The most astonishing match of the Champions Trophy, with all results possible till the last ball, saw India knocked out of the tournament and Australia confirmed as toppers of Group A, from which Pakistan also qualified.
While India were busy skittling West Indies out at the Wanderers in Johannesburg, their fate was sealed when Australia held their nerve to win a last-ball thriller against Pakistan. Indian fans at the Wanderers used every possible means — television, radio, mobile phones — to keep track of the action at Centurion.
Even India’s players, out on the dressing-room balcony, while the openers began the chase of 130, were glued to the television and cheered as Rana Naved-ul-Hasan bowled a 47th over maiden.
When the last over began, with Nathan Hauritz and Brett Lee at the crease, and four runs needed, the game was slipping out of Pakistan’s grasp, and the exit door beckoned India.
When Lee drove Umar Gul past mid-on for a penultimate ball single, the scores were tied and India were out. With the pressure of qualifying off them, Australia scampered a leg-bye off the last ball, winning by two wickets.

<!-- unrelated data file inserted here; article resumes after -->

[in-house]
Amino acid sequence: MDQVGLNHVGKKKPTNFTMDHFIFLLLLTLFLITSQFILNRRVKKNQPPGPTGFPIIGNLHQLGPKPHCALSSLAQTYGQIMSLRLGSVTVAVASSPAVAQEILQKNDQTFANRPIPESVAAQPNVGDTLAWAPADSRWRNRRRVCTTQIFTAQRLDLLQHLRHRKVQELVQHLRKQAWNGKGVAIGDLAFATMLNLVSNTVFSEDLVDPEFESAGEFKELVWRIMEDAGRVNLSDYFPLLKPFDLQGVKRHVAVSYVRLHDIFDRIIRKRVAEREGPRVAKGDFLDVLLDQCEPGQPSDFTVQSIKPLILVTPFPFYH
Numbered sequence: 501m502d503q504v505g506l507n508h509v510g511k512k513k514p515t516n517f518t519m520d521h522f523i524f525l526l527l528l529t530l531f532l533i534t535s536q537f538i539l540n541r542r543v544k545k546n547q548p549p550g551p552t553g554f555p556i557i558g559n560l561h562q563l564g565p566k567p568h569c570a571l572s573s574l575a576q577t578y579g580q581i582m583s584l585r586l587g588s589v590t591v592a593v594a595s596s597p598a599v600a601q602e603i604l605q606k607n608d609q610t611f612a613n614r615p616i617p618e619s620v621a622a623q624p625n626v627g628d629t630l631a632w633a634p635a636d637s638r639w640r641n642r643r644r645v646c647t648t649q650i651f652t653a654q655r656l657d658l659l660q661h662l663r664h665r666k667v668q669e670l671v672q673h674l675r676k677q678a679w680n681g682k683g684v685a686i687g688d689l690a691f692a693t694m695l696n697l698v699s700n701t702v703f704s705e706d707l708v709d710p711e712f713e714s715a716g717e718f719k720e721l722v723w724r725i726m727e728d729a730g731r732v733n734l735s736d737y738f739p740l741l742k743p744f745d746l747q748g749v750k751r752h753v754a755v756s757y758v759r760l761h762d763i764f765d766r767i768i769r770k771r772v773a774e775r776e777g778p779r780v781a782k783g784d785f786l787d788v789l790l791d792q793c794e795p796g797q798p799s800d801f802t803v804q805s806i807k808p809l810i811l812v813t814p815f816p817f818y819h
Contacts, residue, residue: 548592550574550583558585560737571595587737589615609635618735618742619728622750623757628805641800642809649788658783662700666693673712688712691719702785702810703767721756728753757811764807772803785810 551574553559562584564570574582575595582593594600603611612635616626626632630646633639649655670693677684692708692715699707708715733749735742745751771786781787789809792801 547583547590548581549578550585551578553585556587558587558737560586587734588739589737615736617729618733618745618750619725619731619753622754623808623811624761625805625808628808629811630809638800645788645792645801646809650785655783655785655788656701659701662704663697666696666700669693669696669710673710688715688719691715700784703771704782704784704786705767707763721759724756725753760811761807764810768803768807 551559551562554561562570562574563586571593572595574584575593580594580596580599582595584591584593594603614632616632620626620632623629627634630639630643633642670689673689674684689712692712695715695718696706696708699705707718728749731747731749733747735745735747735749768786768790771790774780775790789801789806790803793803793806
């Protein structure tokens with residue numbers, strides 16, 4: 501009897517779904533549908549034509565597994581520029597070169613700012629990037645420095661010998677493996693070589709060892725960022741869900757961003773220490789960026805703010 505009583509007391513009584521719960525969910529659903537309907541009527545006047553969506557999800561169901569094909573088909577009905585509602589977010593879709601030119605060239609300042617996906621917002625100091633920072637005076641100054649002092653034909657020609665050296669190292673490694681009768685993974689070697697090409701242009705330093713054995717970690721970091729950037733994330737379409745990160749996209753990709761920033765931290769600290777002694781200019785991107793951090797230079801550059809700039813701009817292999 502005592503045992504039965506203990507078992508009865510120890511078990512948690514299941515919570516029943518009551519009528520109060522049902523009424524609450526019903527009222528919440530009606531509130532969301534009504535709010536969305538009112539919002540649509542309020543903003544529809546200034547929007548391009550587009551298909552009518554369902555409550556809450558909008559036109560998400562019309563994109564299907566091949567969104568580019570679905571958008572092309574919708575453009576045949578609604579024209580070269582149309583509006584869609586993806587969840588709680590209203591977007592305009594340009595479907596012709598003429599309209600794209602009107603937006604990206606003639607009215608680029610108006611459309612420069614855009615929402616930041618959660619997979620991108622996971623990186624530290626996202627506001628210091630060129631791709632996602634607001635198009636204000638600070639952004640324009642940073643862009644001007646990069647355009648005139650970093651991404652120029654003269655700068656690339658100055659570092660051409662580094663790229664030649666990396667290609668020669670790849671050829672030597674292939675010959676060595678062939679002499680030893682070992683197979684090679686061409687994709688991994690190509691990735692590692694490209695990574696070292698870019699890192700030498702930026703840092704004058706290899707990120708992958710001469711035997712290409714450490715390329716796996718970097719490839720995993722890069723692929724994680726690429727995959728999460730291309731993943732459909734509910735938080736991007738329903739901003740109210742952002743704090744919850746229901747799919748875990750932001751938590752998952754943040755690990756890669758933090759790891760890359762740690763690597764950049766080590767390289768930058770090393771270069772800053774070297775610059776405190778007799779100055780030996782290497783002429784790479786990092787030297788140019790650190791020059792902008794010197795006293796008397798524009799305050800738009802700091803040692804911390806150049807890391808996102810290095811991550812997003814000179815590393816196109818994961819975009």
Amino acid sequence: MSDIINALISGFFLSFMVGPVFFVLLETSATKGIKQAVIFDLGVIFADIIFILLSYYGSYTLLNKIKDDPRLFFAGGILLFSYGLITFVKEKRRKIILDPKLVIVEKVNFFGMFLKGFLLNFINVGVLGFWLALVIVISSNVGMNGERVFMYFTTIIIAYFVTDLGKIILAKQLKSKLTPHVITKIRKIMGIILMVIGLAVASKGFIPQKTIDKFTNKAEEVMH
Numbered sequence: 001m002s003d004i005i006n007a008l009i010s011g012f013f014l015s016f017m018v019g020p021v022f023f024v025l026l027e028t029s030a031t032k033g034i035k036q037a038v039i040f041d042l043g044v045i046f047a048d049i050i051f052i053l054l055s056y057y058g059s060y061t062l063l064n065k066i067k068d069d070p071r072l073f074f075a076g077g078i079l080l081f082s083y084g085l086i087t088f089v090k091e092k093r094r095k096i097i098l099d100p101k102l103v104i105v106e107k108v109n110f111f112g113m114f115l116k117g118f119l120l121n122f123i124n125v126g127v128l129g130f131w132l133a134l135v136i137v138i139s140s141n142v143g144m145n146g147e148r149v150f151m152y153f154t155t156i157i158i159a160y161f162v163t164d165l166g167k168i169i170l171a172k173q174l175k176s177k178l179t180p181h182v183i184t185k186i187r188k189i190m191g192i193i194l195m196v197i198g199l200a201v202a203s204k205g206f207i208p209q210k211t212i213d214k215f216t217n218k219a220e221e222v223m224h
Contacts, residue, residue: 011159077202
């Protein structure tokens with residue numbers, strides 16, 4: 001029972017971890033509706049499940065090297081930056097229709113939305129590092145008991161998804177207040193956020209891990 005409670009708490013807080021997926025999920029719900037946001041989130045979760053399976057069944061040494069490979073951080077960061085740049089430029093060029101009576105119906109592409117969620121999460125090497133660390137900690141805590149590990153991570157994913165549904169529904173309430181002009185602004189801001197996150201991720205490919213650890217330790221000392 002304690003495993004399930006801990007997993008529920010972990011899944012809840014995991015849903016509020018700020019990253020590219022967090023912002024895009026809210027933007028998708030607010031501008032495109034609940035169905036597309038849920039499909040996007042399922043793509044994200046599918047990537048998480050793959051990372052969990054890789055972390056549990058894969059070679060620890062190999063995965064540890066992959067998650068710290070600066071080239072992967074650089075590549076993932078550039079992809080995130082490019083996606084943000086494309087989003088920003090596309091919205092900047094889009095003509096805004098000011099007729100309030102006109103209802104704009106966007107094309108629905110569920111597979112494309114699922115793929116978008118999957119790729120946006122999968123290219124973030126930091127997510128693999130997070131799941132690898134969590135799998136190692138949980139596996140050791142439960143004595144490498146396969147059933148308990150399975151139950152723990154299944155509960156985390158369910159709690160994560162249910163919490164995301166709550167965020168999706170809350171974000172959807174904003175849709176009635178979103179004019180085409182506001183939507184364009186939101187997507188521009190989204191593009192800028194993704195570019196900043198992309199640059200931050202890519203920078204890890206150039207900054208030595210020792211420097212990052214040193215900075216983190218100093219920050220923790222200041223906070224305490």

Until Australia began their chase on what was a tricky pitch to bat on, several questions were raised about why Pakistan batted as they did, with abundant caution, to reach 205/6 from 50 overs.
Despite having wickets, Pakistan’s batsmen barely accelerated, even failing to make use of the powerplay. When Australia batted, and themselves struggled, as Pakistan put in a typically fighting performance with the ball, it became clear that cynicism about Pakistan’s motives was unwarranted.
Ricky Ponting summed it up succinctly. “I had chewed all my fingernails off. It was tough to score quickly, the bounce was inconsistent and it spun at the end so we were lucky to restrict them to that total.” What was lucky for Australia was the final nail in India’s coffin.